The earliest historical records of Islam clearly attest to the prevalence of taqiyya — deception and betrayal. This is still a legal strategy for Muslims vis-à-vis non-Muslims, the non-Muslim infidel — especially if the lying is rationalized as a form of jihad to empower Islam or Muslims — including through nuclear armament. During the centuries-long wars with Christians, whenever and wherever the latter were in authority, the practice of taqiyya became even more integral and widespread.
Furthermore, early Muslims are often depicted in early Islamic texts as lying their way out of binds — usually by denying or insulting Islam or Muhammad — often to his approval, the only criterion being that their intentions (niya) be pure. [Mukaram, At-Taqiyya fi 'l-Islam, pp. 11-2.]
Professor Mukaram states:
"Taqiyya was used as a way to fend off danger from the Muslims, especially in critical times and when their borders were exposed to wars with the Byzantines and, afterwards, to the raids of the Franks and others." [Mukaram, At-Taqiyya fi 'l-Islam, pp. 41-42]
The widespread use of taqiyya was one of the main reasons that prompted the Spanish Inquisition: hundreds of thousands of Muslims who had feigned conversion to Christianity secretly remained Muslim, conspiring with North African Muslim tribes to reconquer the Iberian Peninsula. [Devin Stewart, "Islam in Spain after the Reconquista," Emory University, p. 2, accessed Nov. 27, 2009.]
Although many scholars associate taqiyya with the Shia branch of Islam (the sort practiced in Iran), that is not entirely true. In 1994, for instance, PLO leader Yasser Arafat, after he signed the Oslo Accord with Israel that was predictably criticized by fellow Arabs as offering too many concessions, justified his actions by saying, "I see this agreement as being no more than the agreement signed between our Prophet Muhammad and the Quraysh in Mecca"— referring to a truce, the Treaty of Hudaibiyah, which Muhammad broke as soon as he had regained power and was able to attack.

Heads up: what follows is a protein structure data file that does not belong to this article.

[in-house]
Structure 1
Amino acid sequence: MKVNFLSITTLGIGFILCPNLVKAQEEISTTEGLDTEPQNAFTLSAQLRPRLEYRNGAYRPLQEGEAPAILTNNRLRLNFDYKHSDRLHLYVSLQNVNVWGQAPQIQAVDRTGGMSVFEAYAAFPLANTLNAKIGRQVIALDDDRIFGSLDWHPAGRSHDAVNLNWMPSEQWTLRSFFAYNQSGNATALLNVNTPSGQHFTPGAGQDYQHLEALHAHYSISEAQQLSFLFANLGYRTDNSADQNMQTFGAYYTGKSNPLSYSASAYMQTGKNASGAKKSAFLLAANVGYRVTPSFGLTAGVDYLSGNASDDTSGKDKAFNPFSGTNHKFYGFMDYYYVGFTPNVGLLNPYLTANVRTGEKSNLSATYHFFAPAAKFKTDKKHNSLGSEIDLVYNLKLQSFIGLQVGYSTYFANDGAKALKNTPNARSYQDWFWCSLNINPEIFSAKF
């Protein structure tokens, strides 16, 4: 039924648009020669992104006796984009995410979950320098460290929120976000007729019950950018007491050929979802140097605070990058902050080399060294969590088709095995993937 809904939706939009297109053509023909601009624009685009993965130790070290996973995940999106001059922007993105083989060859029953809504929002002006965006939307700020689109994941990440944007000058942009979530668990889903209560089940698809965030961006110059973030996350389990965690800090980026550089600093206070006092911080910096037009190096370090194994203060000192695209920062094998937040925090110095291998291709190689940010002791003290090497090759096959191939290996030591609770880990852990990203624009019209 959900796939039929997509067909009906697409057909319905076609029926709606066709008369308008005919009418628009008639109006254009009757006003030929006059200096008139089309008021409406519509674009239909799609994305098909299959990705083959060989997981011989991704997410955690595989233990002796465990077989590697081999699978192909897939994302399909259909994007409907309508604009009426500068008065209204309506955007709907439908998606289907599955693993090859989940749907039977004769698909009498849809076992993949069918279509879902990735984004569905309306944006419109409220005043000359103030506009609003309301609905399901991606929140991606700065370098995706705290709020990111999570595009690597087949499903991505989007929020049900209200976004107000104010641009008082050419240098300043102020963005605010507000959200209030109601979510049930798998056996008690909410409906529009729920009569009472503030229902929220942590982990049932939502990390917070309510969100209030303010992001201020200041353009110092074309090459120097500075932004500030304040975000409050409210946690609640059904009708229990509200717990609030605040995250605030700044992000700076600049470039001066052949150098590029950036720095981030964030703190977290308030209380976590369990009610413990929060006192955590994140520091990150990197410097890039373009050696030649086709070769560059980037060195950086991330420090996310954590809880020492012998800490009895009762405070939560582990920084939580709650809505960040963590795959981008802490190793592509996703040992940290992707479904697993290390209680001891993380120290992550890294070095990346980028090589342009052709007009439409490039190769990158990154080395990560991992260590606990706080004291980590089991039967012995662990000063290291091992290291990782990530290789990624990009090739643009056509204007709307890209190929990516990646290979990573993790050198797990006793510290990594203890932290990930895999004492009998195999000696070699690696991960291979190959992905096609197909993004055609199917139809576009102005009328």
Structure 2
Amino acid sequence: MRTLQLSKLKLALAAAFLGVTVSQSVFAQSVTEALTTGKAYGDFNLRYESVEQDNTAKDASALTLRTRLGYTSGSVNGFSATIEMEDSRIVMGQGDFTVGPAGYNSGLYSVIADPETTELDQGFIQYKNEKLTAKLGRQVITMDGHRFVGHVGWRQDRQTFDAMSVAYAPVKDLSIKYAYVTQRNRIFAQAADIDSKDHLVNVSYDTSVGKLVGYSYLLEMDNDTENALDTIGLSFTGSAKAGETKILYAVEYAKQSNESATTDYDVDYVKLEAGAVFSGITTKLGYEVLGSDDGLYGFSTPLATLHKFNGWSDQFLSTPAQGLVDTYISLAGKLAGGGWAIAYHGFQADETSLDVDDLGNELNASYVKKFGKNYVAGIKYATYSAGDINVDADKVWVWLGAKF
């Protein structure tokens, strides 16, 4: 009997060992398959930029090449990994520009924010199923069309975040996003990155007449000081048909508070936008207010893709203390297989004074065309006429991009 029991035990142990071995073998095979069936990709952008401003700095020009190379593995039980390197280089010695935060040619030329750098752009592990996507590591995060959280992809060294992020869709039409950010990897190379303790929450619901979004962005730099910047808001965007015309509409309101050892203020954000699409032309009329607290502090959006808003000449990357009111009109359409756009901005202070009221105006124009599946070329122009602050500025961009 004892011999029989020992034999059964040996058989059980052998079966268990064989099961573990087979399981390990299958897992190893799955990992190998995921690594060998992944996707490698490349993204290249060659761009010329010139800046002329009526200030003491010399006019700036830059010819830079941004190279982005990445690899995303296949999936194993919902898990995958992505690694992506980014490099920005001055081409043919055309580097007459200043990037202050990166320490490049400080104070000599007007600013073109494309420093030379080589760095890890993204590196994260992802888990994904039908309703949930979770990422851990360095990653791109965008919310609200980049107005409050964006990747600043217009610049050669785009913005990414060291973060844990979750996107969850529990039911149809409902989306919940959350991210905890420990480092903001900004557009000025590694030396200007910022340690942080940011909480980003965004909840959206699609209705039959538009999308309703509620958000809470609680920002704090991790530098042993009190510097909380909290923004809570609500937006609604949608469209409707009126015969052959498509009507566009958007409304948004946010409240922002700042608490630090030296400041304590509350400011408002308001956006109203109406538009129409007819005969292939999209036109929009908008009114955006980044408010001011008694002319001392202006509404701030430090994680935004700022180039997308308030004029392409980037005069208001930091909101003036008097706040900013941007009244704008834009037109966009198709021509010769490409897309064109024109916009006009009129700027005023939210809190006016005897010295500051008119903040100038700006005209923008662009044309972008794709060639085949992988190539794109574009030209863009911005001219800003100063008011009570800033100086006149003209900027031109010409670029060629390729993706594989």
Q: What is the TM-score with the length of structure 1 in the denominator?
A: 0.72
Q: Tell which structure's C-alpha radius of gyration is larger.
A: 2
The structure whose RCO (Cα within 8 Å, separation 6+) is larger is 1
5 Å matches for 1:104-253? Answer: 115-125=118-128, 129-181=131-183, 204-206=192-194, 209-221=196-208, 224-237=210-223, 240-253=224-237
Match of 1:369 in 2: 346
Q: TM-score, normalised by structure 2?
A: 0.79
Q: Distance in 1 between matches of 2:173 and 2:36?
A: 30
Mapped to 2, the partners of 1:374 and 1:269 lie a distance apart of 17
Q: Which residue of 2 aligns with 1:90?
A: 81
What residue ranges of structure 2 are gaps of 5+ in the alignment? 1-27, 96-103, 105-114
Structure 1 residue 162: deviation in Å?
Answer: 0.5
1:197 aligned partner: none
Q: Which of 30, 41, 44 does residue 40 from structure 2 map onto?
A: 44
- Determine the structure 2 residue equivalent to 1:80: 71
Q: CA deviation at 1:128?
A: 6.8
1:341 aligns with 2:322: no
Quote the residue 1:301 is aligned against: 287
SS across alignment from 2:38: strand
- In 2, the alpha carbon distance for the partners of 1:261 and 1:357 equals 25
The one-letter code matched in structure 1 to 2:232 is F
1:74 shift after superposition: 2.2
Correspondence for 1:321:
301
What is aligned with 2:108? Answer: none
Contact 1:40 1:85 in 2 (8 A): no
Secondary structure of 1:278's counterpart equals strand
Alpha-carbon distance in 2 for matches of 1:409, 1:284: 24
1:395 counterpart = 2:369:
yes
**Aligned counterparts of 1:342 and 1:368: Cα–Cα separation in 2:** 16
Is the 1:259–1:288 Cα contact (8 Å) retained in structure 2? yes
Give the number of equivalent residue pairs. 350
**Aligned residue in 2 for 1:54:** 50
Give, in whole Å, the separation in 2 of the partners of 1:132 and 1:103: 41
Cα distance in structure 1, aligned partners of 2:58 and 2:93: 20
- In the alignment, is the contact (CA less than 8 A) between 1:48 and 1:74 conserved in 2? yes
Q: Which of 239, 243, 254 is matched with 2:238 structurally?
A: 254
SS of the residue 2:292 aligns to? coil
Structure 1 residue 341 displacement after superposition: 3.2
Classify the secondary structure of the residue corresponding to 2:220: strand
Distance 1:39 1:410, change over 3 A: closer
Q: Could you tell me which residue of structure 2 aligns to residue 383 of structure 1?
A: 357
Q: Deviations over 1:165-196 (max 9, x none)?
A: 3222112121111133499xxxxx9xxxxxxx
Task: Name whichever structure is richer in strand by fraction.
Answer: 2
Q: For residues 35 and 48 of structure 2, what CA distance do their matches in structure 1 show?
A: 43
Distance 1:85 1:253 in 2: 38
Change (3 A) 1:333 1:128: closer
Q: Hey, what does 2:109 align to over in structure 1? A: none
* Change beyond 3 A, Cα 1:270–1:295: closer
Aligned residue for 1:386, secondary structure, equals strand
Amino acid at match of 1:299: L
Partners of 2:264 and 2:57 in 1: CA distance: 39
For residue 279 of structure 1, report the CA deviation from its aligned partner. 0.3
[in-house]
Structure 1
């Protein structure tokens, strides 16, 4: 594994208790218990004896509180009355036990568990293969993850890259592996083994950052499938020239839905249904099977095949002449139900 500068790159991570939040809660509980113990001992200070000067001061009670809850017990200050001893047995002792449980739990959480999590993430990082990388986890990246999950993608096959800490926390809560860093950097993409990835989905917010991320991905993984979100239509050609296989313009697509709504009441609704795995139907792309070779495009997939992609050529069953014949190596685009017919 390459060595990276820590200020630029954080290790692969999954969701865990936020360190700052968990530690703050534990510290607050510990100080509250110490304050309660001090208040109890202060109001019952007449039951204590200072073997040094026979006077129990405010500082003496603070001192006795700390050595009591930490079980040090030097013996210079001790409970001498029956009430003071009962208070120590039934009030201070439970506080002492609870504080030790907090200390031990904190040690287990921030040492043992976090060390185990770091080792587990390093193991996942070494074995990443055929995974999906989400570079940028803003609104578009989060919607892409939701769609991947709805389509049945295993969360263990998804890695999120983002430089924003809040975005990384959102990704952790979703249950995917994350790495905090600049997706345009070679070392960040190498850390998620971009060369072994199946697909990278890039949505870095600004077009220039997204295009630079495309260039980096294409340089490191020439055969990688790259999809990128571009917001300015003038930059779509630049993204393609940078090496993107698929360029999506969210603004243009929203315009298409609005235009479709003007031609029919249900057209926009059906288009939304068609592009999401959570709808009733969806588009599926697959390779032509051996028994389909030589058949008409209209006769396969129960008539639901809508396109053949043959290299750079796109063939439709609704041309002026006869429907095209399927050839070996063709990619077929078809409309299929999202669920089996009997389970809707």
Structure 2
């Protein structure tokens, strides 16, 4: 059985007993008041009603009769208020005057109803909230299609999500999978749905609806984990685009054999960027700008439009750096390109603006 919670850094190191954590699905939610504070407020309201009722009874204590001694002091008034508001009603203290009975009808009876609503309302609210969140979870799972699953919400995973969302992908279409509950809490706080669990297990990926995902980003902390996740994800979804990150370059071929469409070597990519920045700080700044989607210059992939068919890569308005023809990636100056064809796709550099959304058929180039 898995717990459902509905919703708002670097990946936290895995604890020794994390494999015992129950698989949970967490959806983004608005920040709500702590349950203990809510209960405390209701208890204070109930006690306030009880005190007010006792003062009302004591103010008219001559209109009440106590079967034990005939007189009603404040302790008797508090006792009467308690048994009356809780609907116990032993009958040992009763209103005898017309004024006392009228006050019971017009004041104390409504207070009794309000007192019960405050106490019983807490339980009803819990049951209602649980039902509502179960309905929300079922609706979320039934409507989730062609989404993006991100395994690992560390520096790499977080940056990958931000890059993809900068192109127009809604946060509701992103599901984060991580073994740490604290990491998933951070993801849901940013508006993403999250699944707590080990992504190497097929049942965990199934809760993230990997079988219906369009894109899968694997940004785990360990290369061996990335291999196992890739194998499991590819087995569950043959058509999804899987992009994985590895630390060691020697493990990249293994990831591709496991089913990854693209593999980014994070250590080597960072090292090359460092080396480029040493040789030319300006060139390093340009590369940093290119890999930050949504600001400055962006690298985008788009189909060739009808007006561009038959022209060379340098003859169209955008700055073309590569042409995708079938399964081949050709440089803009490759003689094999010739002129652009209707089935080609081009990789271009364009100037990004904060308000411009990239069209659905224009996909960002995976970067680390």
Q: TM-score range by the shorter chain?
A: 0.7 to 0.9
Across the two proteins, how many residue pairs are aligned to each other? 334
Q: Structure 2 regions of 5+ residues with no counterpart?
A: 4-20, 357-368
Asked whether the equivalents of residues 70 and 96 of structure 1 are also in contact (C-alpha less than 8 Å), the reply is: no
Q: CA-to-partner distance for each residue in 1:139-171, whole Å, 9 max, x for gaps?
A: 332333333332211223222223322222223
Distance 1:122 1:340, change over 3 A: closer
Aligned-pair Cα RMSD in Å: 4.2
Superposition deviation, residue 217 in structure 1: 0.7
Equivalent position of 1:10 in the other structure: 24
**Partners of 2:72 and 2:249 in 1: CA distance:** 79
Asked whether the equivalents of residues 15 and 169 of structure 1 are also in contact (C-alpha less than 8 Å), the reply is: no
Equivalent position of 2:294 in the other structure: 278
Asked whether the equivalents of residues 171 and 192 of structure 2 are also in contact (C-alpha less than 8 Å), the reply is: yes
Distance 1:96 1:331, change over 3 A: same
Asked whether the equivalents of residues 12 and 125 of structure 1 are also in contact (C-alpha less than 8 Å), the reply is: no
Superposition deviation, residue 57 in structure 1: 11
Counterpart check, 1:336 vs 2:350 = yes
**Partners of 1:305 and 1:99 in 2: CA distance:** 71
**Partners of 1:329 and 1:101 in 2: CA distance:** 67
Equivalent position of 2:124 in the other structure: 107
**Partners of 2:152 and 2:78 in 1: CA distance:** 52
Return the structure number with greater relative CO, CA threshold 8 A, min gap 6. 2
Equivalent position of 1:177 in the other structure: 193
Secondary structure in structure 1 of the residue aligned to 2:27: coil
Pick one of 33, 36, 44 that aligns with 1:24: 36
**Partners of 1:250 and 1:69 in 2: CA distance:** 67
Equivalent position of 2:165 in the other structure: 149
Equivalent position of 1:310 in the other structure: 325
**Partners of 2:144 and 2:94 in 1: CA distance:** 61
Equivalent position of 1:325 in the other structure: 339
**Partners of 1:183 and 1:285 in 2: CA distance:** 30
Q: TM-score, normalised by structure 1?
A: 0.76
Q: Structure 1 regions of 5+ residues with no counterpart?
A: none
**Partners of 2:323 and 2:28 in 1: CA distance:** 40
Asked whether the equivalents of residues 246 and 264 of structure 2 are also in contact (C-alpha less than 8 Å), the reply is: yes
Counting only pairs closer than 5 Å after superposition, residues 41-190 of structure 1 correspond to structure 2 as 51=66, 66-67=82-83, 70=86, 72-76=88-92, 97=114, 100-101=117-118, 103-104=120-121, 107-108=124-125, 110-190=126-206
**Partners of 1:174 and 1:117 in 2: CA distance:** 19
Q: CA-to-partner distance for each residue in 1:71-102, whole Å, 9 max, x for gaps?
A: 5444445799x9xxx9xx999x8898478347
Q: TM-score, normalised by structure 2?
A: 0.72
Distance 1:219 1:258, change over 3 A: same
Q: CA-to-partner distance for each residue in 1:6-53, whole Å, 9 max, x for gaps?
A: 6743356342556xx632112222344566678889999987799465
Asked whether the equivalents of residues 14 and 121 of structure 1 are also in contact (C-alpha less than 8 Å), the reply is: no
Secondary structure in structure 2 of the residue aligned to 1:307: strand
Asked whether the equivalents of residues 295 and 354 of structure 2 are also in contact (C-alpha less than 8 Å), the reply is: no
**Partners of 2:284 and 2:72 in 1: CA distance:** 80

As a persecuted minority group interspersed among their Sunni rivals, the Shias have often had more reason to perfect the art of dissembling — to save themselves from the Sunnis (ISIS, al-Qaeda, Al Shabaab, Boko Haram, and Hamas are all Sunni).
Khamenei, by referring to taqiyya in Iran's agreement to a nuclear deal with the West, is signaling that Iran is only going along for "expediency" – as Khamenei stated above — until it finds itself in a position to realize its nuclear aspirations and renege.
In short, as this author has noted:
The prophet of Islam, Muhammad... regularly made use of deceit. In order to assassinate a poet (Ka'b ibn Ashraf) who offended him, Muhammad permitted a Muslim to lie to the poet. Muhammad is further on record giving license to breaking oaths ("if something better" comes along) and openly lying (without even employing tawriya) to one's wife and in war. As for the latter, which assumes a perpetual nature in the guise of the jihad against the non-Muslim in order to make Islam (and Muslims) supreme (e.g., Qur'an 8:39), deception and lies are certainly permissible.
That said, is there a single authority representing the West at these international nuclear talks that knows — let alone cares about — any of this? Or is the fix already in?
Raymond Ibrahim, author of Defenders of the West and Sword and Scimitar, is the Distinguished Senior Shillman Fellow at the Gatestone Institute and the Judith Rosen Friedman Fellow at the Middle East Forum.